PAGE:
NASA Shows Off Incredible Photos of a Space-Time Odyssey

In conjunction with the relaunch of Cosmos: A Space-Time Odyssey, a 13-part astronomy series hosted by famously charming scientist Neil deGrasse Tyson and premiering in more than 70 countries, NASA has excitedly put together an inspired set of cosmic photographs to rally us all behind space exploration. It worked; we’re excited.

You can check out our favorites below of some truly incredible close-ups of nebulae, planets, and stars farther away than anyone could ever imagine:

The storms of Saturn’s north pole. (Via Flickr. Click for larger image.)


Explosions of hydrogen gas creating the Carina Nebula. (Via Flickr. Click for larger image.)


The remnants of a supernova, first recorded 1,000 years ago, still visible and known as the Crab Nebula. (Via Flickr. Click for larger image.)

The aurora borealis, as seen from space. (Via Flickr. Click for larger image.)

A colorization of the famous Horsehead Nebula, discovered more than a century ago. (Via Flickr. Click for larger image.)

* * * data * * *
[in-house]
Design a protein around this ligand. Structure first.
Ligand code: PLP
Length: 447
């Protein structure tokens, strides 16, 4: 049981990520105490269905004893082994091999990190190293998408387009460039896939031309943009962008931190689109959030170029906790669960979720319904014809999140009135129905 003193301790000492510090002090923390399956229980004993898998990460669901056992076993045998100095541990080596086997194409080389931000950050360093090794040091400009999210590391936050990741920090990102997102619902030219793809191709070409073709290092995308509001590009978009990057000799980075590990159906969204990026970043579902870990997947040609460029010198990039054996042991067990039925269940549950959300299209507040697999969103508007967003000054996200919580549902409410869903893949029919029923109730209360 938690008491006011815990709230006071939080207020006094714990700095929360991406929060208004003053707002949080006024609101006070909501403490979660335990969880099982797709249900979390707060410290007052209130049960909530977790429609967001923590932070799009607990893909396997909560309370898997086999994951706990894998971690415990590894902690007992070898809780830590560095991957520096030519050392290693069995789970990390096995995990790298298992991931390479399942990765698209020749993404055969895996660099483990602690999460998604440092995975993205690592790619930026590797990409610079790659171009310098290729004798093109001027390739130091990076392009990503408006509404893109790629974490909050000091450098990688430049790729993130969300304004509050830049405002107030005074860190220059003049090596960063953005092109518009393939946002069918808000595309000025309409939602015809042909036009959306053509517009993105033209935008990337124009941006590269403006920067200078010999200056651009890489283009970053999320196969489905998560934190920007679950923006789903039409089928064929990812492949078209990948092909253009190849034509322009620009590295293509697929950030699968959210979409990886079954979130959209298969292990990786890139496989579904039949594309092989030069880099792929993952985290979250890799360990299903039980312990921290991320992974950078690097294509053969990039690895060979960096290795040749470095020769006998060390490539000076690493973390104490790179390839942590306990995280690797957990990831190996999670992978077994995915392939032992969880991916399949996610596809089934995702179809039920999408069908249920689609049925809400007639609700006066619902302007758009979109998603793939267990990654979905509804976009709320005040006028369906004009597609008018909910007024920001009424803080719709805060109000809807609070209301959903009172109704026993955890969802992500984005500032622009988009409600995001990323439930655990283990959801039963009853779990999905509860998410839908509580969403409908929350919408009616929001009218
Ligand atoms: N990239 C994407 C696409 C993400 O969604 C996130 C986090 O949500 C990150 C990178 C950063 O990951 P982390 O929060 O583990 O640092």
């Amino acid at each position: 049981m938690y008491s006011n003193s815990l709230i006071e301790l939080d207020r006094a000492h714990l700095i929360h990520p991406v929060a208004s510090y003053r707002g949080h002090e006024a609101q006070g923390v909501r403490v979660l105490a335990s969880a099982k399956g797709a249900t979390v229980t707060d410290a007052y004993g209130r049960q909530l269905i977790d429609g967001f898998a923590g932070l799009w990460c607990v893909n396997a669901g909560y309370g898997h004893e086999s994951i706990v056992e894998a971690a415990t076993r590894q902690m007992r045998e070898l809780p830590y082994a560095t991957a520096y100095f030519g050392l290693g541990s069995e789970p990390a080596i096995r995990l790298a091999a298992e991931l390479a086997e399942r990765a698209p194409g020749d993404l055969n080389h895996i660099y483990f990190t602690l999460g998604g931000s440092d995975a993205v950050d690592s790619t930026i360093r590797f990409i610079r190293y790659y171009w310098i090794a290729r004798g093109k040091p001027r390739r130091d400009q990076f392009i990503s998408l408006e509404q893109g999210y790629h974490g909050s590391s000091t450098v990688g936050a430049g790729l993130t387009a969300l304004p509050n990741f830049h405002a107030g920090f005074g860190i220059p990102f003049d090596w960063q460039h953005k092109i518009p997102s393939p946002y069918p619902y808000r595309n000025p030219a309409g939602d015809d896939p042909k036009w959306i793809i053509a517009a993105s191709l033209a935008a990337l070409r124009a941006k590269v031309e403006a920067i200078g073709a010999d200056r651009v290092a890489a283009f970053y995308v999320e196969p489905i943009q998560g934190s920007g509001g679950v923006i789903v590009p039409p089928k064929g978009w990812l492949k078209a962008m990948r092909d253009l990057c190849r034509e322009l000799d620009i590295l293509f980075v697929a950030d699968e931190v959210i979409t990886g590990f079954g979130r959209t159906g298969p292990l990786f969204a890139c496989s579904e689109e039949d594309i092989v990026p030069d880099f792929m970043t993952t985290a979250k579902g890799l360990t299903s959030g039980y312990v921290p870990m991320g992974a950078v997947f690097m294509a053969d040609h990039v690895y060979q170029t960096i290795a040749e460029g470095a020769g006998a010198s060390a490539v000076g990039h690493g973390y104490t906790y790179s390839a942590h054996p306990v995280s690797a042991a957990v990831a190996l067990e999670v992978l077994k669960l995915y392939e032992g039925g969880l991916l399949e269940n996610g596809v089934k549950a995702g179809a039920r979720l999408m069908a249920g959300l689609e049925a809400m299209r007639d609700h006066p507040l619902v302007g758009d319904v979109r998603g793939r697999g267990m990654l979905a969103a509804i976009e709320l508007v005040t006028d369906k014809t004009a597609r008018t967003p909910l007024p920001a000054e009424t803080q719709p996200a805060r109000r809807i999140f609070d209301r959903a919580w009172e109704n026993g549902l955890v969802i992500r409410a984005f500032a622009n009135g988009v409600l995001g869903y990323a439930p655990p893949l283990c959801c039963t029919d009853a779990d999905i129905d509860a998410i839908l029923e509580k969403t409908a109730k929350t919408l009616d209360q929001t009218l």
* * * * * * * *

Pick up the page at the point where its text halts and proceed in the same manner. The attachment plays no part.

Spiral galaxy M83 showing us stellar birth and death. (Via Flickr. Click for larger image.)

Saturn’s blazing red auroras, reaching hundreds of miles high and shining bright for days without end. (Via Flickr. Click for larger image.)

The sun, more terrifying than ever, juxtaposed with our tiny Earth. (Via Flickr. Click for larger image.)

Even if you’ve seen some of these spectacular images before, they’re worth a look—they’re a firm reminder of just how small a role we play in the universe, and how beautiful celestial formations look from afar.

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  1. Henry Tuttle says:

    So, uh, that’s the aurora *australis*. Not borealis.

  2. Tudor says:

    I think you mean astronomy

  3. Mike says:

    First sentence should read “… 13-part astronomy show … ” not ” … 13-part astrology show …”

  4. Liz in AL says:

    The television show Cosmos is about many things, but ASTROLOGY is not among them.

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